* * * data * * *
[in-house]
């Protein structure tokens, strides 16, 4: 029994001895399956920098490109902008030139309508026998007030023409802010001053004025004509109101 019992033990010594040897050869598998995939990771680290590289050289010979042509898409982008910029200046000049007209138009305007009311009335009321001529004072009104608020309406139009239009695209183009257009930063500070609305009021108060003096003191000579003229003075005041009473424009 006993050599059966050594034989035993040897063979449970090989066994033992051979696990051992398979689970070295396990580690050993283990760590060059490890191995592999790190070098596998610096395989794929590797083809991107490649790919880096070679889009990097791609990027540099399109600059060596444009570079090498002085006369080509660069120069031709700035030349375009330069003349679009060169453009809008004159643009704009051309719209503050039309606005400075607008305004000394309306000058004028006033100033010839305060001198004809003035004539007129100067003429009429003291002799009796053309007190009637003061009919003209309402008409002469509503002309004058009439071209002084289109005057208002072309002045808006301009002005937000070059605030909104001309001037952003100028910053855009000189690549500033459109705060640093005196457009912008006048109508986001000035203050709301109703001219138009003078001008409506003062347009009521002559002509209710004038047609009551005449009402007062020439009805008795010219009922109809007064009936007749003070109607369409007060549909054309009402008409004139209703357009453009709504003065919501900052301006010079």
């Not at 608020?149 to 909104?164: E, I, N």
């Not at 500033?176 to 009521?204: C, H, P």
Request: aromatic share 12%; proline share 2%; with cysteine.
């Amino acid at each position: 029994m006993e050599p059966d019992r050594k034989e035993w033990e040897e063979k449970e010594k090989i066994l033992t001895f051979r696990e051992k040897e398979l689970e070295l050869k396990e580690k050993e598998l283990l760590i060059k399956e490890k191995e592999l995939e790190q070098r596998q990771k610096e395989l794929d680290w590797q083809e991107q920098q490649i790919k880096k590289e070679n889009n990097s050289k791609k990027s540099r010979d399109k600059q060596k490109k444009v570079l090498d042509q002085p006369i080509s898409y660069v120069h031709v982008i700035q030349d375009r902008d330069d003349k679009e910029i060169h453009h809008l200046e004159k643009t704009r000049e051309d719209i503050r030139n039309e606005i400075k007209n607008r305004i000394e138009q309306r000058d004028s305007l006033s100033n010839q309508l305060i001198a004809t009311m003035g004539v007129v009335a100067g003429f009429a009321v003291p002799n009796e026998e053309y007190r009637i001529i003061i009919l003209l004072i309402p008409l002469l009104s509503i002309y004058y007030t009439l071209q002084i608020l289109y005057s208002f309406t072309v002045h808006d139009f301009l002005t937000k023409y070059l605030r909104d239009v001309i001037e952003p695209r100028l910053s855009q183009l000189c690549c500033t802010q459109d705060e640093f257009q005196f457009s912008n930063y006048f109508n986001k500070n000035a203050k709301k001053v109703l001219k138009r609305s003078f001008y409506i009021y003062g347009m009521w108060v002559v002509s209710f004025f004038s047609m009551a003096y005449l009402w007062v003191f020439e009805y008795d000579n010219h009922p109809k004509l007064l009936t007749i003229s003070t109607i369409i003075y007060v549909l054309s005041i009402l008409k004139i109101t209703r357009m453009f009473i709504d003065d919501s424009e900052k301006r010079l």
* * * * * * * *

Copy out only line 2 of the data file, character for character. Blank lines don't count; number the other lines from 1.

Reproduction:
């Protein structure tokens, strides 16, 4: 029994001895399956920098490109902008030139309508026998007030023409802010001053004025004509109101 019992033990010594040897050869598998995939990771680290590289050289010979042509898409982008910029200046000049007209138009305007009311009335009321001529004072009104608020309406139009239009695209183009257009930063500070609305009021108060003096003191000579003229003075005041009473424009 006993050599059966050594034989035993040897063979449970090989066994033992051979696990051992398979689970070295396990580690050993283990760590060059490890191995592999790190070098596998610096395989794929590797083809991107490649790919880096070679889009990097791609990027540099399109600059060596444009570079090498002085006369080509660069120069031709700035030349375009330069003349679009060169453009809008004159643009704009051309719209503050039309606005400075607008305004000394309306000058004028006033100033010839305060001198004809003035004539007129100067003429009429003291002799009796053309007190009637003061009919003209309402008409002469509503002309004058009439071209002084289109005057208002072309002045808006301009002005937000070059605030909104001309001037952003100028910053855009000189690549500033459109705060640093005196457009912008006048109508986001000035203050709301109703001219138009003078001008409506003062347009009521002559002509209710004038047609009551005449009402007062020439009805008795010219009922109809007064009936007749003070109607369409007060549909054309009402008409004139209703357009453009709504003065919501900052301006010079």